There’s a bit of good news coming from the Texas Department of Family and Protective Services: For the first time, more children are leaving the foster care system than entering it. This comes after many years of problems with kids’ foster care in Texas, and for the agency that manages it – ranging from huge caseloads and underpaid workers, to a lack of homes for children in emergency situations and even allegations of sexual abuse.
Bob Garrett is Austin bureau chief for The Dallas Morning News, and says there’s about 11,000 children in foster care at any given time. Twenty-thousand have left the system in the last year, and about one-third of those kids have been adopted. Others who left are in kinship placements – living with family members, but not necessarily adopted.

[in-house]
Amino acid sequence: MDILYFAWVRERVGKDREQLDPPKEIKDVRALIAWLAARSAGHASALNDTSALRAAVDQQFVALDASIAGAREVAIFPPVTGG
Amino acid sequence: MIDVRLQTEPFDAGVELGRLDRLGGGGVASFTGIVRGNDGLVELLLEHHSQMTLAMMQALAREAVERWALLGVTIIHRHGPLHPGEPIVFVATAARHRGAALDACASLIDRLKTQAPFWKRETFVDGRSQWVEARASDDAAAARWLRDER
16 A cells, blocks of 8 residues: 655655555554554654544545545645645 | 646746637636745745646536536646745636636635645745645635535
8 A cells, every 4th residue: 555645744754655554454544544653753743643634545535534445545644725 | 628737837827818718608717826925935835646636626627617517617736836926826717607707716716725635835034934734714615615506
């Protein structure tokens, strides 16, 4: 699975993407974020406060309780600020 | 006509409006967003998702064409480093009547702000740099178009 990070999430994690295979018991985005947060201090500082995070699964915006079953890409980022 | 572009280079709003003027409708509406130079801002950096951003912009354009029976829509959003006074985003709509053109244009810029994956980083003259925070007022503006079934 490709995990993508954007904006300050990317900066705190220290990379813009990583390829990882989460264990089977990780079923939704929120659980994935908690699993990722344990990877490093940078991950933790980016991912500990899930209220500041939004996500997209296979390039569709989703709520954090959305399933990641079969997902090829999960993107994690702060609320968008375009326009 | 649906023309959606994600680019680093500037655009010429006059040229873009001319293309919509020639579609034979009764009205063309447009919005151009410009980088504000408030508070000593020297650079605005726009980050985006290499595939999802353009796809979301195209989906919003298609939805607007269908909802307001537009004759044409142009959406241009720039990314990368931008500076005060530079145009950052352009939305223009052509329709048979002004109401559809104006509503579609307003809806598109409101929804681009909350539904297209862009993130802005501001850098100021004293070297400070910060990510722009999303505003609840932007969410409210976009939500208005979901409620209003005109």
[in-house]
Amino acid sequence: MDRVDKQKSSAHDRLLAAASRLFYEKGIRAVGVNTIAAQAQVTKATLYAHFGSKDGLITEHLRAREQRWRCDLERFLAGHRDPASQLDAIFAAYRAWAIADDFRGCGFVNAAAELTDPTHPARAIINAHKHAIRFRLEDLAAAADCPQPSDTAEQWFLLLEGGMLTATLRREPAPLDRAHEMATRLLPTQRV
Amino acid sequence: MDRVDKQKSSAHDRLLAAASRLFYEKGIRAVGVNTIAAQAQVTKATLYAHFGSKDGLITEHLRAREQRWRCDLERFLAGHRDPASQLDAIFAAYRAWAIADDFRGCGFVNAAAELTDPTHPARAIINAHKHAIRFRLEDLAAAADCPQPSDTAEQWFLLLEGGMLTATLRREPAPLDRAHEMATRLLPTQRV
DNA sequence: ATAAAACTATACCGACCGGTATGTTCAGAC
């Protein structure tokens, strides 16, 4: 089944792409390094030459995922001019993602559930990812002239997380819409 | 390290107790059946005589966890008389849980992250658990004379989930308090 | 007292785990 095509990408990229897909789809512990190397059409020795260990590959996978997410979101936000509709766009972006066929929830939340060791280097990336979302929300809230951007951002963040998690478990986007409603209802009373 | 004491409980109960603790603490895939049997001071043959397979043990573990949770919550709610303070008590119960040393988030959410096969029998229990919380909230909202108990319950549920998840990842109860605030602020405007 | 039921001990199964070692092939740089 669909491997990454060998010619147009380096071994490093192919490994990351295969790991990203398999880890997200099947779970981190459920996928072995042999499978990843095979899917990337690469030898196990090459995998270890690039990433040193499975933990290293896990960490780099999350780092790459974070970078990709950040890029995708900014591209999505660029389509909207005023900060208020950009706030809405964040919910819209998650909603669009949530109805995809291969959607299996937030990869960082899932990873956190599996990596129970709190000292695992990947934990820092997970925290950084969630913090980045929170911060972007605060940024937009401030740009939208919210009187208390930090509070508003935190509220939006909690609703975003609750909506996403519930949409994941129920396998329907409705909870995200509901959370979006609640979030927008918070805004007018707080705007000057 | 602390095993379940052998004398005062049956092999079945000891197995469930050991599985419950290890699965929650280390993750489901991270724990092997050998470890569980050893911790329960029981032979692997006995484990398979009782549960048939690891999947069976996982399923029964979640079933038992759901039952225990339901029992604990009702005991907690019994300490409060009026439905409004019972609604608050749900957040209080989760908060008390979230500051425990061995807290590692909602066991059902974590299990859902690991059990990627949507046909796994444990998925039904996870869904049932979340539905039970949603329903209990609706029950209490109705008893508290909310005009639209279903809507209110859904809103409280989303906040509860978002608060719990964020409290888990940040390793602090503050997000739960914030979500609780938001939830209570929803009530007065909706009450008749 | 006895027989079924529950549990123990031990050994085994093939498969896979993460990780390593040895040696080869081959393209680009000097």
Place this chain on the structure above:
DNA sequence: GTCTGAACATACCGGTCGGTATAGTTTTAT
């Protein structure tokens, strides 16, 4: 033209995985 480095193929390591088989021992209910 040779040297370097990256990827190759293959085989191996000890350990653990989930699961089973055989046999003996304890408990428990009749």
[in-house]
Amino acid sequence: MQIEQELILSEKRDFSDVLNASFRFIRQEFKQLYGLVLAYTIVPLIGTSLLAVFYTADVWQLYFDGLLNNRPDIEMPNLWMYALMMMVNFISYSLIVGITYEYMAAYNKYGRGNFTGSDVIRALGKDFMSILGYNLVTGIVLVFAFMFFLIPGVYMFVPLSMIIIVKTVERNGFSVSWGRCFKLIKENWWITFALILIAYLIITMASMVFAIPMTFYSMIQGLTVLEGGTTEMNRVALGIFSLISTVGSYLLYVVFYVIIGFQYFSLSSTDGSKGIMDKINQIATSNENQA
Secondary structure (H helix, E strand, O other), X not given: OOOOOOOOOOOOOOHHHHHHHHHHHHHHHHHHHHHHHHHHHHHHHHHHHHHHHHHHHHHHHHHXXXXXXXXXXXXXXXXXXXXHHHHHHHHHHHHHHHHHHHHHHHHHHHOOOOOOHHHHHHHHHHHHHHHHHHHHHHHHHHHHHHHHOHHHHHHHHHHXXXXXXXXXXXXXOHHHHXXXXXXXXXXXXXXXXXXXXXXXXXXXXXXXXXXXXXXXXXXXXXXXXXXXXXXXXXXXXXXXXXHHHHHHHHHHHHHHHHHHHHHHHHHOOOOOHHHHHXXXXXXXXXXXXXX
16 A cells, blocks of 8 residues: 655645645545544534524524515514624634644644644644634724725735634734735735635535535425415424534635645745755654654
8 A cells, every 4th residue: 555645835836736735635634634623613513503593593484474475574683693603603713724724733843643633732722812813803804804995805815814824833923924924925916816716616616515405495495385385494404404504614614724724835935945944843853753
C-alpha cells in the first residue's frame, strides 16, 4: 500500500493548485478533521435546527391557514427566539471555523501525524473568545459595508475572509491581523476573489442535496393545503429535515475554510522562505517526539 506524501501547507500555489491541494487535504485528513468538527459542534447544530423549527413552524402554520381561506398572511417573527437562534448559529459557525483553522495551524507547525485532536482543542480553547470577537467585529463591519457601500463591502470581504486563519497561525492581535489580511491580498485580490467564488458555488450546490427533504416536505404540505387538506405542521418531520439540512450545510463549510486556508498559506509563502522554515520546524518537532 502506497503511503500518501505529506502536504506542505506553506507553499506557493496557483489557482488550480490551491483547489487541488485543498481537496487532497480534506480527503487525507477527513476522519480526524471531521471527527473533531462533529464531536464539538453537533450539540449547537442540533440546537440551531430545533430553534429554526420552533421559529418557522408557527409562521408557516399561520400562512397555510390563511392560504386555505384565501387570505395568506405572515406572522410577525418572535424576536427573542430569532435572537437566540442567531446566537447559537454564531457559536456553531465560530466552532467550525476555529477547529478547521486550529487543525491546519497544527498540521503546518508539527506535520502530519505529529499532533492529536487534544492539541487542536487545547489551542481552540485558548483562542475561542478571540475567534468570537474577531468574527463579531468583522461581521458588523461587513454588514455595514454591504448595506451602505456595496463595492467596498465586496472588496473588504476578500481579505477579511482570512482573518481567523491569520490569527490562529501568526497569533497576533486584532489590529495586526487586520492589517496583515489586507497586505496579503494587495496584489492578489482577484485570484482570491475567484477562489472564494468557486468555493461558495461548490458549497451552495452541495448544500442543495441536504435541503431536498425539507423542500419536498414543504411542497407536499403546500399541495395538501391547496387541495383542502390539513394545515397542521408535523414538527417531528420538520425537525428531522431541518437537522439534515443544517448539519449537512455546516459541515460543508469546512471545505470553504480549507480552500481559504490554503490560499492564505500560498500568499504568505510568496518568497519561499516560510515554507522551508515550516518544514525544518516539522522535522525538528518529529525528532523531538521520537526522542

“I think there’s a lot of moving parts to these numbers, but I guess the good news that the state is touting is that the number being adopted is at a record: over 6,100 for last year,” Garrett says.
Garrett says the state has been pushing relatives to foster or adopt children who would otherwise be placed with strangers. More federal and state money is available to families who do so.
At the direction of the Legislature, the state has also moved aggressively to privatize foster care services in an attempt to alleviate bed shortages.
“The Legislature is pursuing a hyper-privatization model called ‘community-based care’ that puts a private contractor … in charge of a region, and they, rather than the state, are in charge of building up the capacity, signing contracts and developing foster homes,” Garrett says.
Written by Shelly Brisbin.